Facing widespread protests over the weekend in response to Tuesday's deadly explosion, attributable to the reckless storage of 2,750 tons of ammonium nitrate, Prime Minister Hassan Diab and his cabinet resigned Monday. Diab acknowledged Tuesday's tragedy "occurred as a result of chronic corruption in politics." President Michel Aoun accepted Diab's resignation, but asked him and his cabinet to remain in a caretaker capacity until a new government is formed. In a televised address Saturday, Diab asserted, "We cannot get out of this crisis without early parliamentary elections." Beirut city governor Marwan Abboud said Monday the death toll has climbed to 220 while 110 people remain missing.
With the US preparing to introduce this week a resolution in the Security Council to extend the 13-year-old UN arms embargo on Iran, the Gulf Cooperation Council sent a letter to the Security Council Saturday endorsing the American initiative and calling on the UN to "impose any additional measures necessary to prevent the destabilizing proliferation of Iranian weapons, such as a targeted asset freeze and travel ban on individuals involved in the supply, sale or transfer of arms or related materiel to or from Iran." Qatar, which has drawn closer to Iran since Saudi Arabia, the UAE, Bahrain, and Egypt cut relations in 2017 and enacted an economic blockade, joined the rest of the GCC in signing the letter. However, last minute diplomacy by Britain, France, and Germany to persuade Russia and China not to veto the US resolution has reportedly failed. UN Security Council Resolution 2231 scheduled the embargo to end in October 2020 if Tehran adhered to the 2015 nuclear deal.
The State Department Office of Inspector General (OIG) cleared Secretary of State Mike Pompeo of wrongdoing in declaring an emergency under the Arms Export Control Act (AECA) in May 2019 to bypass Congressional approval of more than $8 billion in arms sales, mainly to Saudi Arabia and the UAE. President Trump fired former OIG head Steve Linick, who was completing an investigation into Pompeo's use of the AECA, on May 15, 2020. Stephen Akard served as acting OIG head following Linick's dismissal until resigning on August 5 for unspecified reasons and was succeeded by his deputy, Diana Shaw.
Prime Minister-designate Hichem Mechichi announced at a Monday press conference the necessity of forming a non-partisan, technocratic government: "The consultations that took place with the political parties made me evaluate that the degree of differences between them is great and this does not enable the formation of a government that brings politicians together." Earlier on Monday, the Islamist Ennahda party called on Mechichi to form a unity government reflecting the current power balance in parliament, in which it enjoys a plurality of 52 seats out of 217. Although Ennahda vowed to oppose a non-partisan government, the powerful Tunisian General Labor Union supports the idea, as do the Tahya Tounes party and the Free Destourian Party. Mechichi, an independent himself, is the third person tapped by President Kais Saied to form a government since the October 2019 parliamentary elections. Former Prime Minister Elyes Fakhfakh resigned on July 15, after serving just four and a half months, amid allegations of owning shares in companies winning government contracts worth $15 million.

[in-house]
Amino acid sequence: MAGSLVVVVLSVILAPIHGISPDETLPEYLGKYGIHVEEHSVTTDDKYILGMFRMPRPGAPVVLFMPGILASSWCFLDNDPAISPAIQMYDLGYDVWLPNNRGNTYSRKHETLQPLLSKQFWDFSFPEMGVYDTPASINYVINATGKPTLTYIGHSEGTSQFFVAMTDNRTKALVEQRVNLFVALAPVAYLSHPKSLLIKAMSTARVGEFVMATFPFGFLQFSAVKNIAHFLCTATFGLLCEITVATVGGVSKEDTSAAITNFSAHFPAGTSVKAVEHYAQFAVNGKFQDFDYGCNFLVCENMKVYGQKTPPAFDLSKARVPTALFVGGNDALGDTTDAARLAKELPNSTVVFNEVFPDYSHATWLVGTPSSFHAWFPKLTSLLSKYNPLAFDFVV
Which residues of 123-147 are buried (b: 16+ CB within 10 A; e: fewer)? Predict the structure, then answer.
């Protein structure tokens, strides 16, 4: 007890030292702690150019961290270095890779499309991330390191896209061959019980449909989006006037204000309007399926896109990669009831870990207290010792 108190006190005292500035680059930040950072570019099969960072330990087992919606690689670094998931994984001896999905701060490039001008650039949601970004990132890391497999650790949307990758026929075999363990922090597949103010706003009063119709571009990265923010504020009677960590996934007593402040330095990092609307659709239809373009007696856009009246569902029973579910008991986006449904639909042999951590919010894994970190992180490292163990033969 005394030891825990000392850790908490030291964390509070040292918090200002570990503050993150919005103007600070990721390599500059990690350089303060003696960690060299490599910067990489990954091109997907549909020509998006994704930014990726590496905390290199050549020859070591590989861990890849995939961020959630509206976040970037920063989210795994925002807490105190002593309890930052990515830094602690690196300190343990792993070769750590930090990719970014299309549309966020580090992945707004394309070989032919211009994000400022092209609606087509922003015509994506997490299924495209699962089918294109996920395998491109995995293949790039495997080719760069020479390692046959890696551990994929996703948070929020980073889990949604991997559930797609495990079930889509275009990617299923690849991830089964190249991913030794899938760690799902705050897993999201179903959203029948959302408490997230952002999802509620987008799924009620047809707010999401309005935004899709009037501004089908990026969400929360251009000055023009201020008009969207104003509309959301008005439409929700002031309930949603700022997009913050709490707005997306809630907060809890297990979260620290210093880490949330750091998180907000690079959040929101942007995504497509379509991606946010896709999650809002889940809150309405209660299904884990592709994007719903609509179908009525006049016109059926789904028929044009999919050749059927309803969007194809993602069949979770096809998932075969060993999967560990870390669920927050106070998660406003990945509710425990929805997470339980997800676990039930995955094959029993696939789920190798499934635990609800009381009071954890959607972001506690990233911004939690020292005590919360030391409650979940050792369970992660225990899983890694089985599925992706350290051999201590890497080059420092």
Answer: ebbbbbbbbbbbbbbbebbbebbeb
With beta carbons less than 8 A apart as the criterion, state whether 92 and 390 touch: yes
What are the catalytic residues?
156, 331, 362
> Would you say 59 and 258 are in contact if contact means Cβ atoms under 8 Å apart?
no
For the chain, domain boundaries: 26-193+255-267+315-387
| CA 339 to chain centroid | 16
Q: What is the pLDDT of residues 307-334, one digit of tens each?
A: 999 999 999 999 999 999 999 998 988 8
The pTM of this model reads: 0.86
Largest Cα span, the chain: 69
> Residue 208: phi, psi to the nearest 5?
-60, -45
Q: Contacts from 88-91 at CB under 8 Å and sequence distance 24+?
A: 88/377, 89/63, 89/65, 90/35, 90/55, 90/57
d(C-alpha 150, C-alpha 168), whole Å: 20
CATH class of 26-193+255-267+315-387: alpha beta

Ankara Monday dispatched the seismic survey vessel Oruc Reis, accompanied by Turkish warships, to the Greek continental shelf, where it will search for oil and gas deposits. Greek warships prevented the Oruc Reis from carrying out its work by transmitting messages every 15 minutes informing the survey vessel that it was operating in Greek waters and should leave. Turkish President Recep Tayyip Erdogan proclaimed last Friday Turkey is reviving energy exploration work in disputed eastern Mediterranean waters in response to Cairo and Athens signing an agreement Thursday setting up an exclusive economic zone that Ankara says intrudes on Turkey's continental shelf.
Iraqi security services reported an attack on a convoy carrying US military gear near the Jraischan crossing on the Iraq-Kuwait border Monday. Although the Iraqi military subsequently denied the incident occurred and the US Embassy in Kuwait refrained from commenting, the pro-Iranian Ashab al-Kahaf militia claimed responsibility. Ashab al-Kahaf has claimed credit for missile strikes on American targets in Iraq. Yet, some analysts surmise the group is an alias for Popular Mobilization Forces militias not wanting to jeopardize their state backing.
Micah Levinson is the Washington, DC Resident Fellow at the Middle East Forum